Maria Meco Sanchez’s work sits somewhere between fiction and reality, and comes with a slightly haunting quality. Shape and shadow dance eerily in x-ray style images, or grainy black and white photographs of children and dogs that seem plucked from another time. Even the more overtly joyful moments she captures are imbued with a subtle nostalgia for lost summers.
“I still have a lot of practice to do, but I feel like over the years I’ve got much better at learning what my eye is attracted to and nurturing that,” the photographer tells us. “I know that my photos are very influenced by all the things I read and I see, consciously or unconsciously. I try to be quite discerning when it comes to choosing those, especially now that we’re surrounded by images 24/7.”
All images by Maria Meco Sanchez
The Spanish photographer gained her BA in photography from the University of the West of England in Bristol, having previously studied a BA in media and communication back in Spain. She enjoyed immersing herself in a creative environment on the photography course, including “the opportunity to develop a narrative with your work, the chance to use facilities from other courses, to talk to guest speakers, and an amazing team of technicians always happy to help,” she says. For someone curious like herself, it was like “a playground”.
“For me the problem was time. I don’t think three years in uni is enough time to experiment freely as you always have tight deadlines plus having to work to maintain yourself, sometimes balancing your personal life on top of that becomes quite tricky and can lead to a lot of unnecessary stress,” she reflects. “I changed to part time in my last year, and it’s something I would recommend to everyone in artistic degrees, it really made the difference and helped me to feel less pressure and get the best out of the degree.”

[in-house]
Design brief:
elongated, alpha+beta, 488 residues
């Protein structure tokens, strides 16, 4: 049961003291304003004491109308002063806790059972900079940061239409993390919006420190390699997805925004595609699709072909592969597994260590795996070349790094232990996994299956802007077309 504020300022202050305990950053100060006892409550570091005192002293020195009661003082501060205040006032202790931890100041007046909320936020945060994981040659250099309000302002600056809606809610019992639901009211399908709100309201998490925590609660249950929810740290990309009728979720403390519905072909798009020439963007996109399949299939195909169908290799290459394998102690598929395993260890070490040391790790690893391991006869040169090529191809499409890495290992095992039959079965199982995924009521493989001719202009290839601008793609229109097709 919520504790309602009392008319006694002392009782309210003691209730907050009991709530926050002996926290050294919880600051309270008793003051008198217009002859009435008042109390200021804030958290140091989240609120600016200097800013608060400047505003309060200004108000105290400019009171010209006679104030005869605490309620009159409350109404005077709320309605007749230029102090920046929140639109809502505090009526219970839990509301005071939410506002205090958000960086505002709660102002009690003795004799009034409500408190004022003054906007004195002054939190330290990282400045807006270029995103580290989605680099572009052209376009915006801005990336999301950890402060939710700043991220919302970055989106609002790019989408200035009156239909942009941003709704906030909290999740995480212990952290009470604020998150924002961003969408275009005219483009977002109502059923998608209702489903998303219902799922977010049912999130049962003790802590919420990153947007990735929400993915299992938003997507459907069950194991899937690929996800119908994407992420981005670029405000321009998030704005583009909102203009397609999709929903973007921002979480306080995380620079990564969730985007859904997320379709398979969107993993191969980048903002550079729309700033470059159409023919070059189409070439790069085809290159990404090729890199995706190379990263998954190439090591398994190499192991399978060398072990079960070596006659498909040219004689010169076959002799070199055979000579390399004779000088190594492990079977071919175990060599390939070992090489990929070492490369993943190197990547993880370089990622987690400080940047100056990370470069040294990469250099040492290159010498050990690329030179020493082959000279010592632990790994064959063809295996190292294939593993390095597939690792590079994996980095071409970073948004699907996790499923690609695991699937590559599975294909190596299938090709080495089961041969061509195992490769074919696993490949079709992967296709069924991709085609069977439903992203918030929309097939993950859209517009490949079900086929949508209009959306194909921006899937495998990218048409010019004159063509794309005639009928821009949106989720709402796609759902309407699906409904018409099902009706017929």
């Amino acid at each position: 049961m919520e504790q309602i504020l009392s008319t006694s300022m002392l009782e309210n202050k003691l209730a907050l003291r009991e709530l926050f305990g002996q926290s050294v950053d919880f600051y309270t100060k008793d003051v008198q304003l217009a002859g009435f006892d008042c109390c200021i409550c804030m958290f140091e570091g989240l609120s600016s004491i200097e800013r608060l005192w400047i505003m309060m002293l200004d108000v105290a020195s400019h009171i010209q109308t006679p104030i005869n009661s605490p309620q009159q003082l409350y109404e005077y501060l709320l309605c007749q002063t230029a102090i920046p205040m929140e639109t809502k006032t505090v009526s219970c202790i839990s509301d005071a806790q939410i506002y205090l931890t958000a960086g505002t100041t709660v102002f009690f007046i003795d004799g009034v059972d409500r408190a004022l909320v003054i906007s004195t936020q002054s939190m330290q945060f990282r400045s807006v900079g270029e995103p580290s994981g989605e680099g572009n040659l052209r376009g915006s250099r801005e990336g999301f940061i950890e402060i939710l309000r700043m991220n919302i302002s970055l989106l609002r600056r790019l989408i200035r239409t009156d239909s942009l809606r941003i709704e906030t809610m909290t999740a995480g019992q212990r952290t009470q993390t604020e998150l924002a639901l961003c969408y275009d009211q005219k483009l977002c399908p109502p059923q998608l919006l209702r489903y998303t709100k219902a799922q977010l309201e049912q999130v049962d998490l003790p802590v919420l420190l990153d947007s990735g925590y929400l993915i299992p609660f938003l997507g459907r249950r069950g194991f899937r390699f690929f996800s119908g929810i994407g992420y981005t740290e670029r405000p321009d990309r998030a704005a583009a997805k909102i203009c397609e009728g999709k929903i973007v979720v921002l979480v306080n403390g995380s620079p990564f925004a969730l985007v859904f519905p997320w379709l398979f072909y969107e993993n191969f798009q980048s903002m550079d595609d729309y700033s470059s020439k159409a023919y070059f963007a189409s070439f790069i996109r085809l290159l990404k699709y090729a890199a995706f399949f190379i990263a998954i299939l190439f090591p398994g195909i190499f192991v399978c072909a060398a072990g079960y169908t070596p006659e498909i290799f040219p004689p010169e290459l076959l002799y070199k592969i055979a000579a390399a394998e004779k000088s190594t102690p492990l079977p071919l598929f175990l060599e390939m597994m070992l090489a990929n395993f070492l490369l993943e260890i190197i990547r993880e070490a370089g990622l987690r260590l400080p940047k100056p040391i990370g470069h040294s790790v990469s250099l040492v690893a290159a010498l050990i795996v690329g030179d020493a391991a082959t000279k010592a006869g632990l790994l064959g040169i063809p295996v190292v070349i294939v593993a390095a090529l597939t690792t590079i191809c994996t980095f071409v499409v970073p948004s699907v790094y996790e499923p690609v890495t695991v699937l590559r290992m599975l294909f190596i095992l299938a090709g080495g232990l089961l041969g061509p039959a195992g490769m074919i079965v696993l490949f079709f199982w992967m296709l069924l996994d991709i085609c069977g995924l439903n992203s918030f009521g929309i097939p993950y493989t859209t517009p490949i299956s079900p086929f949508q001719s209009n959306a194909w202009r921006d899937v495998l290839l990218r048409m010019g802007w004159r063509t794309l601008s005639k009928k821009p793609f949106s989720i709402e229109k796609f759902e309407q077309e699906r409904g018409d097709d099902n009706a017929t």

Her time at university was naturally made all the more complicated by the pandemic, which meant things didn’t always go as planned. “Not having access to the facilities for most of the semesters and the general lockdown blues slowed me from trying ideas out and kind of felt like a never-ending circle of sameness at some points,” she explains.
“The outcome of my last project ideally would have been an installation, [but] ended up being a book which I’m really happy with. However, considering the nature of a book, to build that momentum and have that constant back and forth of ideas, changes and feedback from people, you need to be in a space with all those things happening and to work constantly on it.”
Now that she’s finished university, Meco Sanchez is doing her best to stay focused, inspired and adaptable. “I’m trying to go with the flow and develop my work with what’s around me.”
Although she doesn’t like to look too far ahead, she has hopes to collaborate with artists from different disciplines, like musicians or dancers. While it’s difficult right now, she would also like to travel more with her photography, and likes the idea of experimenting on album covers: “You can get very playful and creative with those.”
“I’d love doing an installation piece at some point too,” she adds. “It’s such an immersive and great way to tell a story and would allow me to combine all the things I’m interested in.”
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